Re: What is a "state"?

I'm not sure I understand this issue correctly... I'll summarise my
understanding so please forgive and correct if I'm off track.

I'm not involved in UA development, but I think in this instance
you're talking about how a UA that supports HTML5 has to know about
all these defaults. It can't rely on parsing the document alone, can't
rely on the document having defined all these attributes ... it must
know about and use default values where applicable. I think you're
proposing that documents be better encapsulated and not have this
dependency on default values (which are defined in the spec, thus
outside of individual documents). Is that accurate?

If so... The concept of default values goes way back into DTDs (and I
suspect SGML). It's pretty standard practice to define defaults when
defining a language I think. It's expected.

What I'm trying to say is, I think you're raising an issue with
language design in general, rather than something specific to the
HTML. I think HTML5 needs to be consistent with all other specs from
W3C and that includes defining default values for attributes. I'm sure
this is documented somewhere in W3C about how markup languages are
defined, but I haven't been able to find a W3C reference on "how to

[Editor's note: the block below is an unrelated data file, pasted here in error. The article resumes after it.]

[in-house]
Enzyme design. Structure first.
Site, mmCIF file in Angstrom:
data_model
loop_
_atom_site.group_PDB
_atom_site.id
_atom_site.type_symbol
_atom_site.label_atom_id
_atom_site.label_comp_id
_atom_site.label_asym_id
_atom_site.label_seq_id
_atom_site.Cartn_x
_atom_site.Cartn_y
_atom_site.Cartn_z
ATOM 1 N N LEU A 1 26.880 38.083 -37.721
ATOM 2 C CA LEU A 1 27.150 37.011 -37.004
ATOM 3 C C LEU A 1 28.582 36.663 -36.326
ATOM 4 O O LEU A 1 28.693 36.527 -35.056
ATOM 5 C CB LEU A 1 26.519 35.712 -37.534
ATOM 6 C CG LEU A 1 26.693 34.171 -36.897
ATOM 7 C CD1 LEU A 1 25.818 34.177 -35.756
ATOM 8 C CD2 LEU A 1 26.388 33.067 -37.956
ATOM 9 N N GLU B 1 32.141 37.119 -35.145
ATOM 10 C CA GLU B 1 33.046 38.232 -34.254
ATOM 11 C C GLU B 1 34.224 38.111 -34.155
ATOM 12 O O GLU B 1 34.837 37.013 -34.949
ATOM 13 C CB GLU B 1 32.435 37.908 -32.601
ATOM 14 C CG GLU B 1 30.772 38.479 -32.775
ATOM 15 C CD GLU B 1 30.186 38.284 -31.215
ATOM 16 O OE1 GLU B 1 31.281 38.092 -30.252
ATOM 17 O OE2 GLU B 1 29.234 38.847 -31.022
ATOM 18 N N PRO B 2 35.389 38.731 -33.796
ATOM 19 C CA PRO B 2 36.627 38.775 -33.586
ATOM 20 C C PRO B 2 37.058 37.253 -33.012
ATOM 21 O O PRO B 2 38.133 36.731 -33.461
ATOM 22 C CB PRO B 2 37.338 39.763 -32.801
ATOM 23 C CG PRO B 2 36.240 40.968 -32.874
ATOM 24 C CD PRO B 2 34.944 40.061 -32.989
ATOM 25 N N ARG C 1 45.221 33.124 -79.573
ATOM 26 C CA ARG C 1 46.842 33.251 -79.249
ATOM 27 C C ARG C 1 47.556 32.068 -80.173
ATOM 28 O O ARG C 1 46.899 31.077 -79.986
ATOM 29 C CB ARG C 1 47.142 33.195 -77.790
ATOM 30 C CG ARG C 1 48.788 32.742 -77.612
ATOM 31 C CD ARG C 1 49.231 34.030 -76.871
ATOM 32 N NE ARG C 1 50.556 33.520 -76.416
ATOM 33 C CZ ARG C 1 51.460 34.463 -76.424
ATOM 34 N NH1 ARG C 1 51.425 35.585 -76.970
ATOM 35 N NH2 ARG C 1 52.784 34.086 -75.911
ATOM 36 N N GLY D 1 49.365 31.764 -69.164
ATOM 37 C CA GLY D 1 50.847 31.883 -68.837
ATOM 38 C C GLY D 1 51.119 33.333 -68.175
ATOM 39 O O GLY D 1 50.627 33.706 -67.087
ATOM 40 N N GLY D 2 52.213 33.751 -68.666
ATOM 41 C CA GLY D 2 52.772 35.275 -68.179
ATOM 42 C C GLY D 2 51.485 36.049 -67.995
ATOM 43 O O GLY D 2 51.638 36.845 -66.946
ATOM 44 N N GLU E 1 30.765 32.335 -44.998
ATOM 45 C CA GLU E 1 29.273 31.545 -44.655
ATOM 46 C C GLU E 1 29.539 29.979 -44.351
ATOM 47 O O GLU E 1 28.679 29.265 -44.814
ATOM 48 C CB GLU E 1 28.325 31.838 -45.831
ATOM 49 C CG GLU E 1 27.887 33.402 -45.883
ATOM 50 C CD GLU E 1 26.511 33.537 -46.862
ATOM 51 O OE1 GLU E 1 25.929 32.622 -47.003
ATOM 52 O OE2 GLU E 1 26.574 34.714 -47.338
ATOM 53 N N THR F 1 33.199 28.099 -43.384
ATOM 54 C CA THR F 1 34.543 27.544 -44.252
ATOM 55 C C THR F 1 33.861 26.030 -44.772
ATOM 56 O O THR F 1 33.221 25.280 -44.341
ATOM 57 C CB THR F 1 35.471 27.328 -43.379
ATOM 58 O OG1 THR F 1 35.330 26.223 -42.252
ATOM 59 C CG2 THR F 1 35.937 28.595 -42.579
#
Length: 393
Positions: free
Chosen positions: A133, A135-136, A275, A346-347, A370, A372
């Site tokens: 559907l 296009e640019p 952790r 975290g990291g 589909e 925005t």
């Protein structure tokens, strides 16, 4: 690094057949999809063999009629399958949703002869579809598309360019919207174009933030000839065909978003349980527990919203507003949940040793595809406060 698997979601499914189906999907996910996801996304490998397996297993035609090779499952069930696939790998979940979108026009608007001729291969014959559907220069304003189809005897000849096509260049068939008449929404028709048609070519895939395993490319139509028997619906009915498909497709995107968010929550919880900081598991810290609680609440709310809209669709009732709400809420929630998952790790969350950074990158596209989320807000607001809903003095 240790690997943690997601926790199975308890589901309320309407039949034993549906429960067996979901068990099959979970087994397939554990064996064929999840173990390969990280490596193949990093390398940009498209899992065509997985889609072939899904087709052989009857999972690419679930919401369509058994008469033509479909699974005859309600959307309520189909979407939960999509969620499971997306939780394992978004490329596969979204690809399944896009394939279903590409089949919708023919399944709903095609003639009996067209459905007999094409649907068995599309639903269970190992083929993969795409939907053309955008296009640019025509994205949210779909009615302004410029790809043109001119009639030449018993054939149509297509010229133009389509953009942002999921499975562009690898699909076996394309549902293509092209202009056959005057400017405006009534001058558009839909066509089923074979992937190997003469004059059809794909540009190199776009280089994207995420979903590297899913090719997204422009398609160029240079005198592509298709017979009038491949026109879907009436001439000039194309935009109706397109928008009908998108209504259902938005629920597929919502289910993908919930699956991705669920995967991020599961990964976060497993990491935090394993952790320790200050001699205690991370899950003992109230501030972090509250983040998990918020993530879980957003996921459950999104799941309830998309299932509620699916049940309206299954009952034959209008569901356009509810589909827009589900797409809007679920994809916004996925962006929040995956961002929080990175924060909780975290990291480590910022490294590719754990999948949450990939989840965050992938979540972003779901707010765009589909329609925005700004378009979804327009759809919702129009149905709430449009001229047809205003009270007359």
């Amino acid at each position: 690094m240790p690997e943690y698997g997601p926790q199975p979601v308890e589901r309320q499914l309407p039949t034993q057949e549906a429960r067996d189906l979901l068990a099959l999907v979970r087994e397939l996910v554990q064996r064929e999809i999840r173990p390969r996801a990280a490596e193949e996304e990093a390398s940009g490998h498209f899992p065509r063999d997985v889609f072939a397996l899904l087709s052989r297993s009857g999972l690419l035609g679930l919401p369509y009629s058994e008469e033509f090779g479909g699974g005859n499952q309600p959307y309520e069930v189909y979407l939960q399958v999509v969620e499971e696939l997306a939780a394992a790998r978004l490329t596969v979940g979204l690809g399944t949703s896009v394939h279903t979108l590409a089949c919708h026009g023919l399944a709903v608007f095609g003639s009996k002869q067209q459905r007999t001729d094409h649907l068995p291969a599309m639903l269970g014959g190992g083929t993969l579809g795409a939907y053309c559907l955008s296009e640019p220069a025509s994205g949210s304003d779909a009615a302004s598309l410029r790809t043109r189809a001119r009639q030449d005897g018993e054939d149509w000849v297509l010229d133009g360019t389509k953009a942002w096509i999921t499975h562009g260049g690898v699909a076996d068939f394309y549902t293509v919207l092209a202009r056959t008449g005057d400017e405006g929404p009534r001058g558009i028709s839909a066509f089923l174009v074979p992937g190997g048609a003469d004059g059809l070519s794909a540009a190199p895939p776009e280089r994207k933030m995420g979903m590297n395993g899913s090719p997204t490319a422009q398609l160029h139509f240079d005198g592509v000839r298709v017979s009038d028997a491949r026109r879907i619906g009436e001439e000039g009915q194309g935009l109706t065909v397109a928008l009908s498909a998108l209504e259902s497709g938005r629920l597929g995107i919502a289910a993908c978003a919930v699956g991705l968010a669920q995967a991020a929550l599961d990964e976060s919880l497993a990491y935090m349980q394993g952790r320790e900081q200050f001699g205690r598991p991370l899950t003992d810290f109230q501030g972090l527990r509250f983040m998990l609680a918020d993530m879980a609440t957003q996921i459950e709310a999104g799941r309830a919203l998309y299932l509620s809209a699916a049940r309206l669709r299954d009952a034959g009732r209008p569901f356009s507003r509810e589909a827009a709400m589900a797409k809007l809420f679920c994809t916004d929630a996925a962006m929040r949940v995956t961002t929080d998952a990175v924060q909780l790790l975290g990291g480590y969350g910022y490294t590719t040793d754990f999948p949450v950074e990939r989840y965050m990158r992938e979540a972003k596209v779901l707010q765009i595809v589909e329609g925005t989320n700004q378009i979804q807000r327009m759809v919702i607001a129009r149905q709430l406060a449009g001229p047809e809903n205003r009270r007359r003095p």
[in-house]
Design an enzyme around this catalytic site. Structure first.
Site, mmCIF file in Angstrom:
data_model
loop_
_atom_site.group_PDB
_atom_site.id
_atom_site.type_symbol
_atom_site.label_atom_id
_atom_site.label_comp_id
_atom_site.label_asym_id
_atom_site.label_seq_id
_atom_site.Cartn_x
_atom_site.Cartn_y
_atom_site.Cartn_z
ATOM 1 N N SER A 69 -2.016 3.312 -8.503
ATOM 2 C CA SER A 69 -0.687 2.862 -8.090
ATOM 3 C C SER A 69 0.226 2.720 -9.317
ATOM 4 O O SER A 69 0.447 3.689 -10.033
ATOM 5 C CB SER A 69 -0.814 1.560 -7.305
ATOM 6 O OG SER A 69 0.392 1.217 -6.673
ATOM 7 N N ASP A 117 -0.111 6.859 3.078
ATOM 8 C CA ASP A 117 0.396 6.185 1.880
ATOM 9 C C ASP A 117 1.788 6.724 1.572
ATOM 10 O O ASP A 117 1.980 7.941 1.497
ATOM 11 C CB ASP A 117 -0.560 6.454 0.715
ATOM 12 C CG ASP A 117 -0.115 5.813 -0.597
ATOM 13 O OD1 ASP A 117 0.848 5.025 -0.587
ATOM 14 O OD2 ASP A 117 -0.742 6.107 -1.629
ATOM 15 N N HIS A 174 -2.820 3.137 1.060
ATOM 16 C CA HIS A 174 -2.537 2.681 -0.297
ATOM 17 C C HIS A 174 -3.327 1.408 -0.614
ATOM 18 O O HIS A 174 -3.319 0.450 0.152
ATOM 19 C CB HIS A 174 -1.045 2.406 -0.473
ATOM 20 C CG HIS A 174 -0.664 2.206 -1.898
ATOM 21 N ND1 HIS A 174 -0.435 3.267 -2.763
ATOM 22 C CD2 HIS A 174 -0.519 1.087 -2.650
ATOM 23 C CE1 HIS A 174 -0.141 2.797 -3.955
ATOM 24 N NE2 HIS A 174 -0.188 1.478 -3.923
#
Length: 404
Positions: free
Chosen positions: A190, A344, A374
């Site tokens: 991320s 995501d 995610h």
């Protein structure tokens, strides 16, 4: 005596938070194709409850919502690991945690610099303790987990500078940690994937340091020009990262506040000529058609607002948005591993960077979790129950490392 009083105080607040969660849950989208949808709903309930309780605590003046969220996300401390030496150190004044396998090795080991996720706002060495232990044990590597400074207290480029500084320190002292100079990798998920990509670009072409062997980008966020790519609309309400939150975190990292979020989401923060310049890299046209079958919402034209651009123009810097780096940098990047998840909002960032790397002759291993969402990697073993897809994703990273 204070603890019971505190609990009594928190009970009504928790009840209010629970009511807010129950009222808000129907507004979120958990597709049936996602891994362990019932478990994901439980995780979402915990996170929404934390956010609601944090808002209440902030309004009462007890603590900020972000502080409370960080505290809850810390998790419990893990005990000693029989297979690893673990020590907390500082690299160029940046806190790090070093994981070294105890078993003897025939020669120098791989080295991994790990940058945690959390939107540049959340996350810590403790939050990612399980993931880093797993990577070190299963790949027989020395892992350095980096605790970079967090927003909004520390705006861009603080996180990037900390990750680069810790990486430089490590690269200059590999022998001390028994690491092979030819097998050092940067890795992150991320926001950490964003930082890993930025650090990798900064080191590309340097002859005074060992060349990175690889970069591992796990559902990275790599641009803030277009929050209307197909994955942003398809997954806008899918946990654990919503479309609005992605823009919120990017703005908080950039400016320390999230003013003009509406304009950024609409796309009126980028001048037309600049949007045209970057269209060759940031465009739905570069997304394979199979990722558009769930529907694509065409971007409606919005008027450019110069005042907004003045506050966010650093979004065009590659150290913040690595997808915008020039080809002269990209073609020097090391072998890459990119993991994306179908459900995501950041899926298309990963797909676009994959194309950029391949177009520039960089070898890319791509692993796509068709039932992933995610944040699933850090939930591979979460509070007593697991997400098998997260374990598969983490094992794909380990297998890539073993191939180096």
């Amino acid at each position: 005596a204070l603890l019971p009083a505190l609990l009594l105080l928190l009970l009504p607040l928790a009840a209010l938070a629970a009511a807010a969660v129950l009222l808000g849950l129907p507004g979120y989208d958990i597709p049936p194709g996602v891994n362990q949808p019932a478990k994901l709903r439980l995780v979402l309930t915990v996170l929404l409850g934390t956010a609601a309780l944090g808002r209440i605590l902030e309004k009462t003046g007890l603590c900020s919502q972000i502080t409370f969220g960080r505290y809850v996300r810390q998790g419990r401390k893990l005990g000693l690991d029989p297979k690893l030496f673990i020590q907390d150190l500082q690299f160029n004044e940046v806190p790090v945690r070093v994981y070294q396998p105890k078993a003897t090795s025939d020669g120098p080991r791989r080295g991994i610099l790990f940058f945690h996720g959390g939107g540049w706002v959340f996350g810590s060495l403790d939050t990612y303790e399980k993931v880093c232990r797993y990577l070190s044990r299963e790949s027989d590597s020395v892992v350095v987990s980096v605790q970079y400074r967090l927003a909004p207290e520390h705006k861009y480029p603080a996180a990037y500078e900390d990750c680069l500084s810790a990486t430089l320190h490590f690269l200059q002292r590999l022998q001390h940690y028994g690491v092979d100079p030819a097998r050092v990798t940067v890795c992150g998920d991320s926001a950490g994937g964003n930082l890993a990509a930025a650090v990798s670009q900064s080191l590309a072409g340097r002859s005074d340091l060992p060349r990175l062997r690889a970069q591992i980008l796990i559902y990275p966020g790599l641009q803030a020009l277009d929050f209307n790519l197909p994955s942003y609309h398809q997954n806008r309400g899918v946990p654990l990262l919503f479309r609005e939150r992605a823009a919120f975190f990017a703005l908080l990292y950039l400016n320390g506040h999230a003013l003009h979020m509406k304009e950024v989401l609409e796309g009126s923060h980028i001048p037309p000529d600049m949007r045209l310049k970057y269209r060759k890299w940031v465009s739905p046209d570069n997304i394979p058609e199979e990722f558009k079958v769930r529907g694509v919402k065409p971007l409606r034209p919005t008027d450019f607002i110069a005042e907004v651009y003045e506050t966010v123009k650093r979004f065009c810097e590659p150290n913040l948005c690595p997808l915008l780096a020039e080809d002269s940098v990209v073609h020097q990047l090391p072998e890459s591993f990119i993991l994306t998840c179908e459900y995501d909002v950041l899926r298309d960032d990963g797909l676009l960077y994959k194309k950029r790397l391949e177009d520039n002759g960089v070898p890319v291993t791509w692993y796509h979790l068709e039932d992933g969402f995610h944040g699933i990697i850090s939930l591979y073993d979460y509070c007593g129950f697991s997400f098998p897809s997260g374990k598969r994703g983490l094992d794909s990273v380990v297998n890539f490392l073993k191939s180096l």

define a markup language" which I think would answer this question
definitively ~:)

On 6/15/07, Henrik Dvergsdal <> wrote:
> > This discussion has become far too philosophical. At the end of the
> > day I
> > still don't understand what is wrong with the use of the word
> > "default". I
> > don't think it does any harm.
> Well, I do. The notion of "default state" just isn't compatible with
> a conceptual model that maps from concrete instances to states. First
> of all, an attribute is always in some state, so a default state will
> never apply. Secondly, even if we define some instances as being
> "stateless", designating some state as "default" will be an ambiguous
> statement, except for very simple cases:
> Let's say we map the keywords "true", "on" and "yes" to the true
> state. We then define this as the default state. What value should
> the attribute take by default?
> I definitely think there is something to gain here in terms of
> readability and precision. For instance, instead of saying: "the
> illegal value default is the false state" we can drop the notion of
> default state and simply say: "all other values map to the false
> state". That statement is more explicit, easier to understand and
> it's more precise because it doesn't spoil the conceptual model.
> --
> Henrik

Received on Friday, 15 June 2007 01:11:32 UTC